So, most of the other athletes who come to Japan don’t run the marathon. They focus on the short distances of the ekiden. For Wanjiru, he won Fukuoka, he won Beijing, whatever marathon he runs he’s not going to lose. That’s going to mean a lot of money. [laughs] I saw him in Nairobi recently and he said, “Oh, Mr. Akiyama, dinner’s my treat tonight.” [laughs] That’s the kind of rich man he is now. When he was here he had a good salary, but not that much if you compare to what he gets now. In one marathon now he can make a year’s salary if he wins and you add up his prize money and his appearance fee. Other Kenyans, say Samuel Nganga, can he do the same thing? Ganga can’t do that. If he entered a marathon people would just say, “Whatever, one more Kenyan.”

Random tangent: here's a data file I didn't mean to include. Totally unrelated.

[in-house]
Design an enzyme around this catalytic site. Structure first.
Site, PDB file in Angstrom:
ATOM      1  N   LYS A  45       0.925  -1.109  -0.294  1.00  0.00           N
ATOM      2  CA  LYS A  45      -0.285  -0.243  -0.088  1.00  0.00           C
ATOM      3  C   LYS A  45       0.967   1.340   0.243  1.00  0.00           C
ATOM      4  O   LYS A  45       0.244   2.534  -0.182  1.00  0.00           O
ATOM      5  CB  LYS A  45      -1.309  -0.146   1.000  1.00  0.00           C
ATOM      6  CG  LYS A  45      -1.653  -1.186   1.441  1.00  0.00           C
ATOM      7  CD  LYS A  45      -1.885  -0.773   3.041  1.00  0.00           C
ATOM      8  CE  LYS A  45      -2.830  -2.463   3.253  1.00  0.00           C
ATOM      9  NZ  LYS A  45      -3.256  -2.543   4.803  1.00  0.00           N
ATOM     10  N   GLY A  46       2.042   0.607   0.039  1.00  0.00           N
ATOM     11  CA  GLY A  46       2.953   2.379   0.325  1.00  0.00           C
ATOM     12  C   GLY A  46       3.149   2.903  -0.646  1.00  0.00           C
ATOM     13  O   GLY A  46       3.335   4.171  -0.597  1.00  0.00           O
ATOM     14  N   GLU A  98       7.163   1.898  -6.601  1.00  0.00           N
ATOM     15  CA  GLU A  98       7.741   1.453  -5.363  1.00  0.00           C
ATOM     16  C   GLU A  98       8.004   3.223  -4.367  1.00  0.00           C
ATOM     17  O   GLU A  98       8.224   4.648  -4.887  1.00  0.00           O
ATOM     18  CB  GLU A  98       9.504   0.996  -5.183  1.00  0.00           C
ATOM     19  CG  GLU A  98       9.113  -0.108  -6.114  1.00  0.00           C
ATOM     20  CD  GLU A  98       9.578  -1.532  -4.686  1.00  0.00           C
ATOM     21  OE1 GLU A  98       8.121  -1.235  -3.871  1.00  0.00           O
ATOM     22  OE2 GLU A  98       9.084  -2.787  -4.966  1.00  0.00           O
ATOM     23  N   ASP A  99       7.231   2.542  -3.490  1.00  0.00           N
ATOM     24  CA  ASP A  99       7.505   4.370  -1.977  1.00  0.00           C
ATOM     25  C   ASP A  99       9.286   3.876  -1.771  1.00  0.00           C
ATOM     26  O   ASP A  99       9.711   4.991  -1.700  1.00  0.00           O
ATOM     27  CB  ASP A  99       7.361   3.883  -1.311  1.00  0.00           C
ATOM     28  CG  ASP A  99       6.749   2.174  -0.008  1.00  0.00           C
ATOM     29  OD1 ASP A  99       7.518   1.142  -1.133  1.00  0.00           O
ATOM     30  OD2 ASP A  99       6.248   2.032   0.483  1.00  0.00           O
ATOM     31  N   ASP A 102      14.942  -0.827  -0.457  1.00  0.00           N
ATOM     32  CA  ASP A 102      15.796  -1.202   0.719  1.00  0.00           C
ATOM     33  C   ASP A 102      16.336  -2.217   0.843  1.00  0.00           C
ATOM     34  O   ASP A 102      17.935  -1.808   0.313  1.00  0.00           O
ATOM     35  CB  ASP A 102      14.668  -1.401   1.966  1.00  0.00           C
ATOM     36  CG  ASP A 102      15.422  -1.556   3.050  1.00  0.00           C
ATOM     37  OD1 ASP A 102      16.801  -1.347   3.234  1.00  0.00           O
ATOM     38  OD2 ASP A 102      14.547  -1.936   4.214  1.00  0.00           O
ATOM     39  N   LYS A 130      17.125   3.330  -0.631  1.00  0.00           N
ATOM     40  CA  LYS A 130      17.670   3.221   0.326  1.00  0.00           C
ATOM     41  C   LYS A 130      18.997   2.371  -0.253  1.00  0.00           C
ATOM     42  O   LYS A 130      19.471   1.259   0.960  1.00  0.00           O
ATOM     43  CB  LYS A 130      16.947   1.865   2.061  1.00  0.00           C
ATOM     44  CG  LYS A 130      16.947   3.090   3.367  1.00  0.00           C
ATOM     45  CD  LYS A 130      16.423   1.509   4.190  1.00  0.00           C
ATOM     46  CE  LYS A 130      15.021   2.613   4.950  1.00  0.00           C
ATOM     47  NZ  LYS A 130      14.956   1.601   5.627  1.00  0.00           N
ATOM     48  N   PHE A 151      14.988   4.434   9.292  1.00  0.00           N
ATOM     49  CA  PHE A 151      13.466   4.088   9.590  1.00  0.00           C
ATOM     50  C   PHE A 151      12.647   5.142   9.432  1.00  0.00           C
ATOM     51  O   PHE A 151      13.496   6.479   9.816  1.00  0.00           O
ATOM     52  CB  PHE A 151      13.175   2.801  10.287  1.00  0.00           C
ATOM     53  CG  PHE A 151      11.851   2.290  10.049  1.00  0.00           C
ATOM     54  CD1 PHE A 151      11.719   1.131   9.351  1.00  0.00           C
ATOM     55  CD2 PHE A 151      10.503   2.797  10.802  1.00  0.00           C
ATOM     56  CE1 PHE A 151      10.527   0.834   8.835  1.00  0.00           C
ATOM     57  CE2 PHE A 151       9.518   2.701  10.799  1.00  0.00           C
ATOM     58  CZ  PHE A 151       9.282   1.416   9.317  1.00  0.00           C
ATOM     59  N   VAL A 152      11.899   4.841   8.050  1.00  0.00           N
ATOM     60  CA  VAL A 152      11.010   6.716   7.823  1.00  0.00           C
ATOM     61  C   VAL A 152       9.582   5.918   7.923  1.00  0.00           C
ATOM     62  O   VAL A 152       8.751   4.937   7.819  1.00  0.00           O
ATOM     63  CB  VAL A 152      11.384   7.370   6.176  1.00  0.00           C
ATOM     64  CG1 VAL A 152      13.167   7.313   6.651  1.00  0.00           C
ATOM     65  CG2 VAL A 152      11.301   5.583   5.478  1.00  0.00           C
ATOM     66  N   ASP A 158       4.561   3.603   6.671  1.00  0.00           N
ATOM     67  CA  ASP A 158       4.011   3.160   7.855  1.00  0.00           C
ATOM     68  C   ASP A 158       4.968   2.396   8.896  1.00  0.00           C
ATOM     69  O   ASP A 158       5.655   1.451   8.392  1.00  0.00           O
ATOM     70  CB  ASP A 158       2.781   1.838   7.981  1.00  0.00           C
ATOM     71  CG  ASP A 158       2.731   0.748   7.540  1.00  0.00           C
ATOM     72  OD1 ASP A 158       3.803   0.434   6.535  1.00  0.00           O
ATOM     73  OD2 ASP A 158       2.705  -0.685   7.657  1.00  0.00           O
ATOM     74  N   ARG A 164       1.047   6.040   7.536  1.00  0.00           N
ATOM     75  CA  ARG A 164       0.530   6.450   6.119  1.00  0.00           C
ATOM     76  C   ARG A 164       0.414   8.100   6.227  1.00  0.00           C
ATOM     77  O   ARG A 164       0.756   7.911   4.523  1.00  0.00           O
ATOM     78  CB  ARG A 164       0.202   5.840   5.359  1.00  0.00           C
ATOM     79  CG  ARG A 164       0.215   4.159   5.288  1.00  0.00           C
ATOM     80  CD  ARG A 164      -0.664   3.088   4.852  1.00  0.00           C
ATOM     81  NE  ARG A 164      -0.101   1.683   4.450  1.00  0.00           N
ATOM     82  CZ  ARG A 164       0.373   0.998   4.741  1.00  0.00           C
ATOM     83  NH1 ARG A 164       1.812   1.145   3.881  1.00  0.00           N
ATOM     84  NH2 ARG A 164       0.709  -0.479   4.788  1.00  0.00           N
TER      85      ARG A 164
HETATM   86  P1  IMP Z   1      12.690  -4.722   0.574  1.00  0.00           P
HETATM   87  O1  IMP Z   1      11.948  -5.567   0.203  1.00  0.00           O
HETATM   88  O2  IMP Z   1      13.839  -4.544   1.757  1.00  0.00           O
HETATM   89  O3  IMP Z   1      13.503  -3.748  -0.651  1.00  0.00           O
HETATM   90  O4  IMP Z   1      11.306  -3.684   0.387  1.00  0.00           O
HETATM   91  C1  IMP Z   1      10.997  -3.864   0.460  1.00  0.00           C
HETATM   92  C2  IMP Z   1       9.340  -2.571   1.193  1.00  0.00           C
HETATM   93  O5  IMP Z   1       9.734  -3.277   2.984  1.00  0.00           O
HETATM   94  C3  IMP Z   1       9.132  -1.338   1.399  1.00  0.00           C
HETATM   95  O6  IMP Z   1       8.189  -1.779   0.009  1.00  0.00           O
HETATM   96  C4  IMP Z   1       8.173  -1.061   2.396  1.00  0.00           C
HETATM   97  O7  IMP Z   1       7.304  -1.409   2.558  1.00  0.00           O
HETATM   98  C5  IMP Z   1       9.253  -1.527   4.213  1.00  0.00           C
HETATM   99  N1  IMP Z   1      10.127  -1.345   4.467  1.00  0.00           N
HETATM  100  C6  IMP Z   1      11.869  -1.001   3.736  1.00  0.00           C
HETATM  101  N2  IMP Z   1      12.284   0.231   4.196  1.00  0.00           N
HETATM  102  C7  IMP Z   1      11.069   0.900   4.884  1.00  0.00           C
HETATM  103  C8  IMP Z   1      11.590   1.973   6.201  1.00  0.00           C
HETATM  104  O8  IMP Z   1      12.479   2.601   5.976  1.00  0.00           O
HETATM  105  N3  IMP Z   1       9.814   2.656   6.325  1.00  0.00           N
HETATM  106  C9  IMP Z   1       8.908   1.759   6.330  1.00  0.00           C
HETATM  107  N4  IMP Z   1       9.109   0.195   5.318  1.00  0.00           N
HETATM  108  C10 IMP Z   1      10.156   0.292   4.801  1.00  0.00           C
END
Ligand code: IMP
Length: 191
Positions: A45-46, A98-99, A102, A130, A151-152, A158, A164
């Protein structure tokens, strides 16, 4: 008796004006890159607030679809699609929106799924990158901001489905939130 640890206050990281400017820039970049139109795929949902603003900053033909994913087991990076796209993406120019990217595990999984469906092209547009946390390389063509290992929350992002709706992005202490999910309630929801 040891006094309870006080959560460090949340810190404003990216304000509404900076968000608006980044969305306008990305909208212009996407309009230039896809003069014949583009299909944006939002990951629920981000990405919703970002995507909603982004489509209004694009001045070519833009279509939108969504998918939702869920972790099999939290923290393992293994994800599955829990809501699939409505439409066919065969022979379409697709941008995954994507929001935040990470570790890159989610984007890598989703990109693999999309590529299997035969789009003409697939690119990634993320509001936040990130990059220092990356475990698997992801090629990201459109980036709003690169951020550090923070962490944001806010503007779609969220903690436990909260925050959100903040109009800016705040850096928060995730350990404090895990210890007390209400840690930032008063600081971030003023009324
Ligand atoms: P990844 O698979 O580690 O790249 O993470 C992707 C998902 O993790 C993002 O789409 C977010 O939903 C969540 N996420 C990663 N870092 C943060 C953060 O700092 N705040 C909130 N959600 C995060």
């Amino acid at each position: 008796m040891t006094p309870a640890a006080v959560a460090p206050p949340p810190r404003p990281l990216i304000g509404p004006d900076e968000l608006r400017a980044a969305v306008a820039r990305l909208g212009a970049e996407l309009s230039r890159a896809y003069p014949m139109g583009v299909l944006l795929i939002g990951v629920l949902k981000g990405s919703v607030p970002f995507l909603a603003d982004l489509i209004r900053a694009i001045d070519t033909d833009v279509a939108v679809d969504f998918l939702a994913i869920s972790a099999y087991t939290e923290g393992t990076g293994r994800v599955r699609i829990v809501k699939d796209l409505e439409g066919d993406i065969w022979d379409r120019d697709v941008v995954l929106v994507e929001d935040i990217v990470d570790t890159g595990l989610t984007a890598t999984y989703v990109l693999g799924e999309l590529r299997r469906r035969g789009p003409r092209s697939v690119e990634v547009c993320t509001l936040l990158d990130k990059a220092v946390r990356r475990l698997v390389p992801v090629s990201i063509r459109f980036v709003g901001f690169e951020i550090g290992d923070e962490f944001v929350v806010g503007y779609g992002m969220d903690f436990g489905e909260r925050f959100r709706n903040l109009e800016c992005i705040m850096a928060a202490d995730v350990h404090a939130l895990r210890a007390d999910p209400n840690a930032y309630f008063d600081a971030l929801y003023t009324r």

I sometimes get email from students at American universities interested in joining jitsugyodan teams. For example, I had a message from a guy last week who was sub-14 for 5000 m and around 28:30 for 10000 m and is graduating soon. He wants to become a good marathoner and thinks learning from a Japanese coach will help him get there. Do you think joining a jitsugyodan team would help someone like that reach his goals?

Well, if he could get onto a team he would definitely improve, but the trick would be getting hired. It’s not just a matter of his times. There are plenty of guys that level in Japan, and there is the question of whether he would be satisfied with a Japanese salary. A runner that level might be able to get onto one of the lower-level teams, but even so he would get better.

Jeff Schiebler definitely improved.